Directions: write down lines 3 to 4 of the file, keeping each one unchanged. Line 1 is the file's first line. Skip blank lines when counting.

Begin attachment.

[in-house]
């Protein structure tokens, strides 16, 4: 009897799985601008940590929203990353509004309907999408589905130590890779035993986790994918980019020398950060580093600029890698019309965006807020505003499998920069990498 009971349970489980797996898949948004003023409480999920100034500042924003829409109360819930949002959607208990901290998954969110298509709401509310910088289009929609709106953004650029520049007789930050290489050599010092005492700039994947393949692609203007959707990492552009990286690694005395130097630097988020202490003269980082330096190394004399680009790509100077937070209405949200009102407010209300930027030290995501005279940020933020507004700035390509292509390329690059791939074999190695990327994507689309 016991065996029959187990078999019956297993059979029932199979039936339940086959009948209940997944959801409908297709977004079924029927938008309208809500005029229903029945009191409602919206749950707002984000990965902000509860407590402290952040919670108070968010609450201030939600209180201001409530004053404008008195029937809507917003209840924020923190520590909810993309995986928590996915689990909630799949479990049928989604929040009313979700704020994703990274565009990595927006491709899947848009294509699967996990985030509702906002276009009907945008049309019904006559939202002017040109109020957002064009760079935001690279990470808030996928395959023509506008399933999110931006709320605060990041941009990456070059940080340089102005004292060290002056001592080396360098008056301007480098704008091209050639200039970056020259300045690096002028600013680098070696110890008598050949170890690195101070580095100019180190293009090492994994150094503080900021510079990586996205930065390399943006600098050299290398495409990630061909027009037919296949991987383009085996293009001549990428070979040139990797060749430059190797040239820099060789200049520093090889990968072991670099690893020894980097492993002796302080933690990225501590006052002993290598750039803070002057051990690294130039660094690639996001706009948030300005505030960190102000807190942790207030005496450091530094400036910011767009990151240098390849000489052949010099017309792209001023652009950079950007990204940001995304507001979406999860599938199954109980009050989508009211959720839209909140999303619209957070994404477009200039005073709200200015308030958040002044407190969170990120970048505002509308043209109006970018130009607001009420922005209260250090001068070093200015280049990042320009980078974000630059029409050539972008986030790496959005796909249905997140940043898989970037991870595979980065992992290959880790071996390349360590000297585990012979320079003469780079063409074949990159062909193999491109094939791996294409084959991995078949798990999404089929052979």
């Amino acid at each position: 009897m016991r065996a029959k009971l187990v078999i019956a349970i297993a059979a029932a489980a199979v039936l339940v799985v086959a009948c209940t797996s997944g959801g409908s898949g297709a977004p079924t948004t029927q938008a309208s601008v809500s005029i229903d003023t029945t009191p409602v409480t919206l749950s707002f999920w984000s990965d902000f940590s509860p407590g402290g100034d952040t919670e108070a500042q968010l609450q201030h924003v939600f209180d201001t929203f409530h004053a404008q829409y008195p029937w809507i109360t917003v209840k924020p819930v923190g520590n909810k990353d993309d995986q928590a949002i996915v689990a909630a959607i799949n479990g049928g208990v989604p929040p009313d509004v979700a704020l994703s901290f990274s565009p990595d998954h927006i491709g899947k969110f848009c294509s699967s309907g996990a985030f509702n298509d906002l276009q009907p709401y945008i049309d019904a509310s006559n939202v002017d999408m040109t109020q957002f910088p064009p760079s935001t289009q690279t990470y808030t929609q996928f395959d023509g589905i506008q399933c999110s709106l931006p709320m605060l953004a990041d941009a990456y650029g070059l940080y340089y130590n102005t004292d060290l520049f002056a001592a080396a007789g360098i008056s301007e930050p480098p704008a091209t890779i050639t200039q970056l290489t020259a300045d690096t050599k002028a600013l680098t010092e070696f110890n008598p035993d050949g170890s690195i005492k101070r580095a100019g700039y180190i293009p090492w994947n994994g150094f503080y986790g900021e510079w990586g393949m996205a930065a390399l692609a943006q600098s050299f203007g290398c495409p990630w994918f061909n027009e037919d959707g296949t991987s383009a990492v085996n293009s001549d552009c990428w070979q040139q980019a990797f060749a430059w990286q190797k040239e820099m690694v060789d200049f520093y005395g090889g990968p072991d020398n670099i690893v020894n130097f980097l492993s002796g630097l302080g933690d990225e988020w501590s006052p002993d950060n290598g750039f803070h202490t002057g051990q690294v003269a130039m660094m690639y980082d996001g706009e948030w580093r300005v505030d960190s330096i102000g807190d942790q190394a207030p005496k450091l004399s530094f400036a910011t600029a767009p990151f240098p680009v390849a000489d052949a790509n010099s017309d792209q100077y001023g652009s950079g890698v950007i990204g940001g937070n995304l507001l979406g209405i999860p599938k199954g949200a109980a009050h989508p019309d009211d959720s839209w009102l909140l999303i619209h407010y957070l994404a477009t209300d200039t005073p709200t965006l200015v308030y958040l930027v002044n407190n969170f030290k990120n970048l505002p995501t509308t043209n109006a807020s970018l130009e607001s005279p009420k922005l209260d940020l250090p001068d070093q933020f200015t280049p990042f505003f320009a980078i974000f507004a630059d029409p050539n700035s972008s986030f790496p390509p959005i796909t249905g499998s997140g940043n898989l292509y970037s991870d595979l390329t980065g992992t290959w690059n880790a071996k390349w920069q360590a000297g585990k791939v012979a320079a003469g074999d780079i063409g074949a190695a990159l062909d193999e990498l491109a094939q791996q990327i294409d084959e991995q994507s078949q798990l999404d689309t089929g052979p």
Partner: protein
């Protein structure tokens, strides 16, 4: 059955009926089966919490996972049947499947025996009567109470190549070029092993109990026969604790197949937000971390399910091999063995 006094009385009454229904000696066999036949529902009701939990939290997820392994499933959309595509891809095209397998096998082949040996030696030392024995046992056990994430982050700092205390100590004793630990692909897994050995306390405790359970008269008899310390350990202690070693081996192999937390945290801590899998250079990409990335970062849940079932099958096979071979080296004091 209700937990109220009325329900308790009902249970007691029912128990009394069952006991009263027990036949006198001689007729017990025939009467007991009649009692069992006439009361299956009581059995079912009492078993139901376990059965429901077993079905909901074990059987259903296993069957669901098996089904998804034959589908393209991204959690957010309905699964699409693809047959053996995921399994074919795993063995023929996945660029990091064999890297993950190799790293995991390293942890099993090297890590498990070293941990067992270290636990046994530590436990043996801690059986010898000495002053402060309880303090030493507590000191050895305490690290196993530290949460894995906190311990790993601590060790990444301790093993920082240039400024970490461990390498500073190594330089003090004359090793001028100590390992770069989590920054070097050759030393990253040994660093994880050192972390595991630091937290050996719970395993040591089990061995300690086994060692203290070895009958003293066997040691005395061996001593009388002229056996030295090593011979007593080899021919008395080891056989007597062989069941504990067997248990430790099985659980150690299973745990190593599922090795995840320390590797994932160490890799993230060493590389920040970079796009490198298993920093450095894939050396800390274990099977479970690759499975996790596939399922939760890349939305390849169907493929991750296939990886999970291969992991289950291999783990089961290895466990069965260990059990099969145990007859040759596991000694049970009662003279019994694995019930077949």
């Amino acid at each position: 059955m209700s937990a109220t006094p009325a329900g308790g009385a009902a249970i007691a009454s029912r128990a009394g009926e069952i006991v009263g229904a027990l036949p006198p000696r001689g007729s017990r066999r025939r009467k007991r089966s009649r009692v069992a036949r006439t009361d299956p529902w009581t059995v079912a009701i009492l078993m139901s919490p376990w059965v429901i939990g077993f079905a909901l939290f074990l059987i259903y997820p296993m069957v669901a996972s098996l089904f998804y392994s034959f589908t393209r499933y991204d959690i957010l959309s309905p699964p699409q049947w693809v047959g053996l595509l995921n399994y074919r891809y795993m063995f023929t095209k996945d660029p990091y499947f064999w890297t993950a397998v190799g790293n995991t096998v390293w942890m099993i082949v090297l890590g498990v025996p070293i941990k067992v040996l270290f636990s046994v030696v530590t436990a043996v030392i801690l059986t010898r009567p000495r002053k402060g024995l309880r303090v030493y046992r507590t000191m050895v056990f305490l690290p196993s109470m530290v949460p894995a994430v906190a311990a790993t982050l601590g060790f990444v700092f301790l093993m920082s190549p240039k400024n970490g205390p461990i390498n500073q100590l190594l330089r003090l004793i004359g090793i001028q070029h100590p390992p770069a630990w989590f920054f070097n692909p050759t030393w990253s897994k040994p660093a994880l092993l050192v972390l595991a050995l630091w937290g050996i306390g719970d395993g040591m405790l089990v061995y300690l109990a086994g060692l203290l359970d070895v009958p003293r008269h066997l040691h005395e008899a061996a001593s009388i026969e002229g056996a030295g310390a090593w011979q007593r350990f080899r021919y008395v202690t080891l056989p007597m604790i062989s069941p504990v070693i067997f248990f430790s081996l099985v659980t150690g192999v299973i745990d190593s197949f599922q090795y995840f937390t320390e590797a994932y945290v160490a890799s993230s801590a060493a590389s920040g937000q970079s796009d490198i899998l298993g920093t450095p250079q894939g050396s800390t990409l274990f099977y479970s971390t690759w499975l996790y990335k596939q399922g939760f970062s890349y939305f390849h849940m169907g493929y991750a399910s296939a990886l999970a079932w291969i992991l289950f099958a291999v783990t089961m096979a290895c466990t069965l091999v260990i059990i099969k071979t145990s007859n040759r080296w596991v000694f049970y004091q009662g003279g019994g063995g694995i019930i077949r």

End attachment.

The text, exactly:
């Amino acid at each position: 009897m016991r065996a029959k009971l187990v078999i019956a349970i297993a059979a029932a489980a199979v039936l339940v799985v086959a009948c209940t797996s997944g959801g409908s898949g297709a977004p079924t948004t029927q938008a309208s601008v809500s005029i229903d003023t029945t009191p409602v409480t919206l749950s707002f999920w984000s990965d902000f940590s509860p407590g402290g100034d952040t919670e108070a500042q968010l609450q201030h924003v939600f209180d201001t929203f409530h004053a404008q829409y008195p029937w809507i109360t917003v209840k924020p819930v923190g520590n909810k990353d993309d995986q928590a949002i996915v689990a909630a959607i799949n479990g049928g208990v989604p929040p009313d509004v979700a704020l994703s901290f990274s565009p990595d998954h927006i491709g899947k969110f848009c294509s699967s309907g996990a985030f509702n298509d906002l276009q009907p709401y945008i049309d019904a509310s006559n939202v002017d999408m040109t109020q957002f910088p064009p760079s935001t289009q690279t990470y808030t929609q996928f395959d023509g589905i506008q399933c999110s709106l931006p709320m605060l953004a990041d941009a990456y650029g070059l940080y340089y130590n102005t004292d060290l520049f002056a001592a080396a007789g360098i008056s301007e930050p480098p704008a091209t890779i050639t200039q970056l290489t020259a300045d690096t050599k002028a600013l680098t010092e070696f110890n008598p035993d050949g170890s690195i005492k101070r580095a100019g700039y180190i293009p090492w994947n994994g150094f503080y986790g900021e510079w990586g393949m996205a930065a390399l692609a943006q600098s050299f203007g290398c495409p990630w994918f061909n027009e037919d959707g296949t991987s383009a990492v085996n293009s001549d552009c990428w070979q040139q980019a990797f060749a430059w990286q190797k040239e820099m690694v060789d200049f520093y005395g090889g990968p072991d020398n670099i690893v020894n130097f980097l492993s002796g630097l302080g933690d990225e988020w501590s006052p002993d950060n290598g750039f803070h202490t002057g051990q690294v003269a130039m660094m690639y980082d996001g706009e948030w580093r300005v505030d960190s330096i102000g807190d942790q190394a207030p005496k450091l004399s530094f400036a910011t600029a767009p990151f240098p680009v390849a000489d052949a790509n010099s017309d792209q100077y001023g652009s950079g890698v950007i990204g940001g937070n995304l507001l979406g209405i999860p599938k199954g949200a109980a009050h989508p019309d009211d959720s839209w009102l909140l999303i619209h407010y957070l994404a477009t209300d200039t005073p709200t965006l200015v308030y958040l930027v002044n407190n969170f030290k990120n970048l505002p995501t509308t043209n109006a807020s970018l130009e607001s005279p009420k922005l209260d940020l250090p001068d070093q933020f200015t280049p990042f505003f320009a980078i974000f507004a630059d029409p050539n700035s972008s986030f790496p390509p959005i796909t249905g499998s997140g940043n898989l292509y970037s991870d595979l390329t980065g992992t290959w690059n880790a071996k390349w920069q360590a000297g585990k791939v012979a320079a003469g074999d780079i063409g074949a190695a990159l062909d193999e990498l491109a094939q791996q990327i294409d084959e991995q994507s078949q798990l999404d689309t089929g052979p």
Partner: protein